Dr. Michael Heise, Allianz
Inflation Targeting and Financial Stability

Over the last decades, government bond yields have been falling drastically in advanced economies along with long-term interest rates. In his Working Lunch, Michael Heise, chief economist at the insurance group Allianz, scrutinized recent developments in monetary policy and suggested building a broader index of price stability.

According to Heise, the general rule of thumb that the long-term bond rate should correlate with long-term growth of GDP no longer holds true. “Monetary policy and not fundamental factors has put down interest rates”, Heise said. Looking at the negative side effects of a low-interest rate environment, Heise warned against a situation as in Japan that suffered a balance sheet recession after a financial crisis. In Japan, the accumulation of non-performing loans (NPL) inhibited banks from giving new loans and zombie firms were kept alive.

Furthermore, as a consequence of the current low-interest rate environment in the euro area, asset prices and especially housing prices have been increasing. Simultaneously, risks were building up in investors' portfolios. According to Heise, the BBB components in investment grade indices were continuously rising. “Investors are going up the risk ladder, searching for yields”, Heise said. Imbalances are also building up in the target system.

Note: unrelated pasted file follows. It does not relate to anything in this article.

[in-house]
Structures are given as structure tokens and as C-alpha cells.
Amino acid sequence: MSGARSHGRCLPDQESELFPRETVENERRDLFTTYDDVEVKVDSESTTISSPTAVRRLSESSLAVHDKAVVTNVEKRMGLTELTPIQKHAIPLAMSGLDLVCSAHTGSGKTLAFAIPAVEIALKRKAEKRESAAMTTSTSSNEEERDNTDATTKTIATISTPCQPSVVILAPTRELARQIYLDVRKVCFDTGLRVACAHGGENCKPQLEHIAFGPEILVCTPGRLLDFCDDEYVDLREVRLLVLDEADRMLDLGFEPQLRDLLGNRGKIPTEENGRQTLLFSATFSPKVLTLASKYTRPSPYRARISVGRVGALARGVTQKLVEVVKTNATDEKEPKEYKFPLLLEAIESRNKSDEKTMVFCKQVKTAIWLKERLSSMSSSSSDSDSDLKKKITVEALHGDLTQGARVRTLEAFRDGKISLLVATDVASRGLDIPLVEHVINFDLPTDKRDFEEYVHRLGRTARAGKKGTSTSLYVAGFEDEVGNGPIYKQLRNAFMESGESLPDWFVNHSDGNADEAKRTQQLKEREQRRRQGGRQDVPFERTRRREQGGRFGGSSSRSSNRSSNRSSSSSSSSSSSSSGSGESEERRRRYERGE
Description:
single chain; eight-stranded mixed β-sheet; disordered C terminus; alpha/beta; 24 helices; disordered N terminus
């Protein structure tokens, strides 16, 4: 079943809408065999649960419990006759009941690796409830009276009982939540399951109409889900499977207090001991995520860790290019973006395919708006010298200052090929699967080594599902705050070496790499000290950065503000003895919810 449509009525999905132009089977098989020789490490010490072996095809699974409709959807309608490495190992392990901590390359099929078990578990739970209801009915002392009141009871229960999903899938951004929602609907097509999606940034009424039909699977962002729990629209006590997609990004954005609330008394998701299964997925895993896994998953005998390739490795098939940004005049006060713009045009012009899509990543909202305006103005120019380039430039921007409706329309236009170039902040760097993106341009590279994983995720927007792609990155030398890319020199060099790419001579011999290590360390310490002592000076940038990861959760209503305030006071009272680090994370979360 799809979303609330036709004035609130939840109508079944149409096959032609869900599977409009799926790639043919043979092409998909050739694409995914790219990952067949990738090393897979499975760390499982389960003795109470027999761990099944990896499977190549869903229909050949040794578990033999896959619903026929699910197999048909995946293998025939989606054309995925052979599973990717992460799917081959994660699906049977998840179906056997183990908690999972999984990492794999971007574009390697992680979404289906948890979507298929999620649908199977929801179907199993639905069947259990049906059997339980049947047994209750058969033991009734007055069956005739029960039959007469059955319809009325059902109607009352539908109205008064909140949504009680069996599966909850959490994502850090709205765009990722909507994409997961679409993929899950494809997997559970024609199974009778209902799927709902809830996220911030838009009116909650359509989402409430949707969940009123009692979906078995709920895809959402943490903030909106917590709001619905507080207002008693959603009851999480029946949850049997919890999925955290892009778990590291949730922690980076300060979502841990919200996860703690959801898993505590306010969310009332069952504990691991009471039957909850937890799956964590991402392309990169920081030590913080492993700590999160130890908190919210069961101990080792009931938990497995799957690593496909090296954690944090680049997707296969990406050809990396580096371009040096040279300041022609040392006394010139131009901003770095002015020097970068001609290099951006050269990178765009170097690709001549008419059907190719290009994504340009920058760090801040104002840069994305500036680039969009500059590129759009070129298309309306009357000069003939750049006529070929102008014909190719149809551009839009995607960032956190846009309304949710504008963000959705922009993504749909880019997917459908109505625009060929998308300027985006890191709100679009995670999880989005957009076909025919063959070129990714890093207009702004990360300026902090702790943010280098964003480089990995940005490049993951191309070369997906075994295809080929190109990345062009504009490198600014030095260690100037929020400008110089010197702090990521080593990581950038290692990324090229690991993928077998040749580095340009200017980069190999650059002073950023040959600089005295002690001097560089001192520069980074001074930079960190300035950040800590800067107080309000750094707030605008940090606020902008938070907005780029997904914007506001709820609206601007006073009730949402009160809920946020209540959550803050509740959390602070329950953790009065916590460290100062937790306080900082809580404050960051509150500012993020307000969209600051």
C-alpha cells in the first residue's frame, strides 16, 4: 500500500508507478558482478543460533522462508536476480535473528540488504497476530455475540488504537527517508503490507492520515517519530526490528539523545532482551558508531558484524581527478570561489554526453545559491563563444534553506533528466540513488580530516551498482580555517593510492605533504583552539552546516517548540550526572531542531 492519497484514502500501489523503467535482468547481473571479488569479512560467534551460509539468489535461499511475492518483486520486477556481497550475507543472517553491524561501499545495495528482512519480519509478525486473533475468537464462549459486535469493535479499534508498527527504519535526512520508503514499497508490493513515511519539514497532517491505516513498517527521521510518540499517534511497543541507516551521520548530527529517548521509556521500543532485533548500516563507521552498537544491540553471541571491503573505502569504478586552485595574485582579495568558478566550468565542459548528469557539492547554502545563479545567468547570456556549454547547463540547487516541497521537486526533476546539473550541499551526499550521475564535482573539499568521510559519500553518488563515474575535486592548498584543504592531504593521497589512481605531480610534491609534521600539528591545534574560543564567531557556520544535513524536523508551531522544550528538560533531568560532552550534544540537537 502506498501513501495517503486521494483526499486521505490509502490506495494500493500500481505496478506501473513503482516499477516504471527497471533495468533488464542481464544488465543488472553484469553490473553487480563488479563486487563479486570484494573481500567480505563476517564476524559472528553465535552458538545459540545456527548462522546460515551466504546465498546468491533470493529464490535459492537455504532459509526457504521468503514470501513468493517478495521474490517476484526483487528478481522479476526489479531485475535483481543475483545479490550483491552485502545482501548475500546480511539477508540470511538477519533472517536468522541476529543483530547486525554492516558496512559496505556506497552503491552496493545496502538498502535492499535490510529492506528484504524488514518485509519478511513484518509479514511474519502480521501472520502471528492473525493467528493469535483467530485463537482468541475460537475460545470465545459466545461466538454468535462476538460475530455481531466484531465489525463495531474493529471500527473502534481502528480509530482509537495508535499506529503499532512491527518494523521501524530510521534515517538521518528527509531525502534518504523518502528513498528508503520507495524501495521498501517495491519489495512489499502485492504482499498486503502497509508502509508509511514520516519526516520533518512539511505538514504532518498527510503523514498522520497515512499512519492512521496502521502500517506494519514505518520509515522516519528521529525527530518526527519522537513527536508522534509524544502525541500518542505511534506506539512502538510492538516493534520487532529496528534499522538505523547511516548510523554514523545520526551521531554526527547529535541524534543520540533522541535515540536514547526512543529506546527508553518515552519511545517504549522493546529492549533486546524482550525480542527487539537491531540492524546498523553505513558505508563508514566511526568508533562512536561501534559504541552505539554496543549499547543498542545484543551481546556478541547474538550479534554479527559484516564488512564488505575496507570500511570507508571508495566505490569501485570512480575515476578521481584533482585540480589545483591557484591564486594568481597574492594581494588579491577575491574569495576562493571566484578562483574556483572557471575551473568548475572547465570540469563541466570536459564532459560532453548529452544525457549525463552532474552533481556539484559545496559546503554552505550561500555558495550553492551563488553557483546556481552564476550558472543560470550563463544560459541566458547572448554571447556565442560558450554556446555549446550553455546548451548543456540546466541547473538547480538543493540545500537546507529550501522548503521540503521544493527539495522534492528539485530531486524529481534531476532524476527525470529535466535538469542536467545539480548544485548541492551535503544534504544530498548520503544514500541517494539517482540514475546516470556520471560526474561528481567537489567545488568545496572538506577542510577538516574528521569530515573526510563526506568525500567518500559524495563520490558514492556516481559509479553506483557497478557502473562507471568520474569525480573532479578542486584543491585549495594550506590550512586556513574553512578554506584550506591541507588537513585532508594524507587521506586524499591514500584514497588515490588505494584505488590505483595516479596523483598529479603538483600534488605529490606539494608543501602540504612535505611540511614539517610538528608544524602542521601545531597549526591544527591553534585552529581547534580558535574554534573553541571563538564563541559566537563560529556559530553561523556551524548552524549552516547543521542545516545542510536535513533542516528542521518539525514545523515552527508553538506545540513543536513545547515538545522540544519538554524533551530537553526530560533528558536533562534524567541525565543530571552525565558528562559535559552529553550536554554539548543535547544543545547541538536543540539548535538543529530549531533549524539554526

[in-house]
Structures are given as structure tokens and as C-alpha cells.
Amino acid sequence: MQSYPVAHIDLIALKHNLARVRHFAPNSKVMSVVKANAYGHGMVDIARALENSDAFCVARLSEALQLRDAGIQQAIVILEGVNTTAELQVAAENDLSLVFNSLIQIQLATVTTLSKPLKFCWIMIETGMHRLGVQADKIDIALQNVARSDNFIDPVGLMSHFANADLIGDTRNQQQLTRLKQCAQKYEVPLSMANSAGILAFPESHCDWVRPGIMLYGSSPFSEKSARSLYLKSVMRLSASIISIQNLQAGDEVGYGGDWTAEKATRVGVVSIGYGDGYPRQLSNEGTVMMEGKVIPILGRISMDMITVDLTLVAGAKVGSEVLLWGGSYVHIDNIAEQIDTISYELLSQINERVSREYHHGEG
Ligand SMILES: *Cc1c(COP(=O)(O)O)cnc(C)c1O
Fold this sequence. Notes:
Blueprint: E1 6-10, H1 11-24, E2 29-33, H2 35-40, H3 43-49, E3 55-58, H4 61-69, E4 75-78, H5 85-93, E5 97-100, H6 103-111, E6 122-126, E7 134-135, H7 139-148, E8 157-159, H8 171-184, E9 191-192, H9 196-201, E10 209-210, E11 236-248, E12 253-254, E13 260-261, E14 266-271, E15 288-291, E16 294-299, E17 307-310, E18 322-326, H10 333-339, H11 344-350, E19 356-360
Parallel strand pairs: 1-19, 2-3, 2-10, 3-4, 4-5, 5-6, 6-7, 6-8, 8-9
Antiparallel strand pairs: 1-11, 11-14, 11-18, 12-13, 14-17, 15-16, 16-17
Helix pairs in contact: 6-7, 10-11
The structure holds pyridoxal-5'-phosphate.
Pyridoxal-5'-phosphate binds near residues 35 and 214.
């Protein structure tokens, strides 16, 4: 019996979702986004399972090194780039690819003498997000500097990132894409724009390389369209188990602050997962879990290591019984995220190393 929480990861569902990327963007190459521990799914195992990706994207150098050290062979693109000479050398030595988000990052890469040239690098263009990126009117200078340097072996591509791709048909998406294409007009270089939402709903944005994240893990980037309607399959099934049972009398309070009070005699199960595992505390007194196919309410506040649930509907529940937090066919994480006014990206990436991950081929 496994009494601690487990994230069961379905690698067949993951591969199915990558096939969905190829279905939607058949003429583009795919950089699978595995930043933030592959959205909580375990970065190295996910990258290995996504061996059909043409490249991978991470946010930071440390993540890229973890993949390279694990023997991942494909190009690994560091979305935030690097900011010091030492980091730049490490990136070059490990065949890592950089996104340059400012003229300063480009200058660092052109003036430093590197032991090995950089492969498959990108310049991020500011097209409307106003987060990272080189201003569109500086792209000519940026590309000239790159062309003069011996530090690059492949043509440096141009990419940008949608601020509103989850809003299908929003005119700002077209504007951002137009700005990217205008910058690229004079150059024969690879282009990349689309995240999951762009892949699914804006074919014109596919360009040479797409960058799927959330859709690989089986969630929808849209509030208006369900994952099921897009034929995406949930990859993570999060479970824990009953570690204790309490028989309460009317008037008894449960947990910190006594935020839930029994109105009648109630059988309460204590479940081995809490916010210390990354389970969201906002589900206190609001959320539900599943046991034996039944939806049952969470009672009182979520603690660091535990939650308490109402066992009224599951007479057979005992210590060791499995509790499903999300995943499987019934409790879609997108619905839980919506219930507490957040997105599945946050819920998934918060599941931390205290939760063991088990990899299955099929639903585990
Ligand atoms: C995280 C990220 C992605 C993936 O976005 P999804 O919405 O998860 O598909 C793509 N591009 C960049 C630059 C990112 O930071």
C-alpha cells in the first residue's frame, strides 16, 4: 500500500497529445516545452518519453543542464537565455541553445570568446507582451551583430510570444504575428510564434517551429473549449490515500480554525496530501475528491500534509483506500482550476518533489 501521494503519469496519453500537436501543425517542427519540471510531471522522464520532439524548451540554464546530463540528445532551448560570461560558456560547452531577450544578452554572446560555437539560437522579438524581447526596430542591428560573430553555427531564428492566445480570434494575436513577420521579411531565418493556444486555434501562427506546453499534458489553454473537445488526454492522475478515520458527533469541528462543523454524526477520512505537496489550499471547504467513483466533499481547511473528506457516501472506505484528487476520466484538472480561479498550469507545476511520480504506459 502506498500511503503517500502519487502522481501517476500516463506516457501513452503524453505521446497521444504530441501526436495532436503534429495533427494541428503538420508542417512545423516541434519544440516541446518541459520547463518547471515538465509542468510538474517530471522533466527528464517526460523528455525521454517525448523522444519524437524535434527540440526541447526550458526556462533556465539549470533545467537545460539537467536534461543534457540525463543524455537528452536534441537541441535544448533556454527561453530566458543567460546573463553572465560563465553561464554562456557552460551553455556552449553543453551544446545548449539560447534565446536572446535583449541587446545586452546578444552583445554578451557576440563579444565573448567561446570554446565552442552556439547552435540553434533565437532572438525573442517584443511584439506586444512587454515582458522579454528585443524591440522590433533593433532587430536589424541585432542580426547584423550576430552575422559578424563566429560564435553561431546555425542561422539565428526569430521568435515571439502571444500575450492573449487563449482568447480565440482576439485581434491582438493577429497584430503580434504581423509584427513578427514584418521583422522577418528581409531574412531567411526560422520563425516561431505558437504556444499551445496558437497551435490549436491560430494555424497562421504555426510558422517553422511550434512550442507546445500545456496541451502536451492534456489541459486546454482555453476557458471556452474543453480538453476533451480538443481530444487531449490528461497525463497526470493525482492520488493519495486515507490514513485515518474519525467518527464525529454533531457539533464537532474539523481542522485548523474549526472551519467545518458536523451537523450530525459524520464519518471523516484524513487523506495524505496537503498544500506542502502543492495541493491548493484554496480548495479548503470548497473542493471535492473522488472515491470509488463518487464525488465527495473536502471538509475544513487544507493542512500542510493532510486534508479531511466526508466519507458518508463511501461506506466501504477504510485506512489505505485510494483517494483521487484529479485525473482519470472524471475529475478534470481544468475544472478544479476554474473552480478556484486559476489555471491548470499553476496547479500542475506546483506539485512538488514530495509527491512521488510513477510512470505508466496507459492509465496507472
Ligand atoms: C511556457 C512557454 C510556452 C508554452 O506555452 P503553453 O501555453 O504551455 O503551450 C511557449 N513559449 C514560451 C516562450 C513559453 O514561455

Comparing the unconventional monetary policy measures of the European Central Bank (ECB) and inflation development, Heise concluded that “inflation has its own life”. In his opinion, the ECB should define price stability targets in a more adaptable way, moving the focus away from a simple year-on-year target for consumer price inflation.

Instead of relying exclusively on the Harmonised Index of Consumer Prices (HICP), Heise suggested building a broader index which also reflects inflation expectations. In Heise’s opinion, since in a financial boom risks are building up that could hit back when the economy is slowing down, the ECB should also put greater weight on developments in the financial cycle. According to Heise, “this is quite difficult and requires tough decisions but they need to be taken”.

Inflation Targeting and Financial Stability (PDF)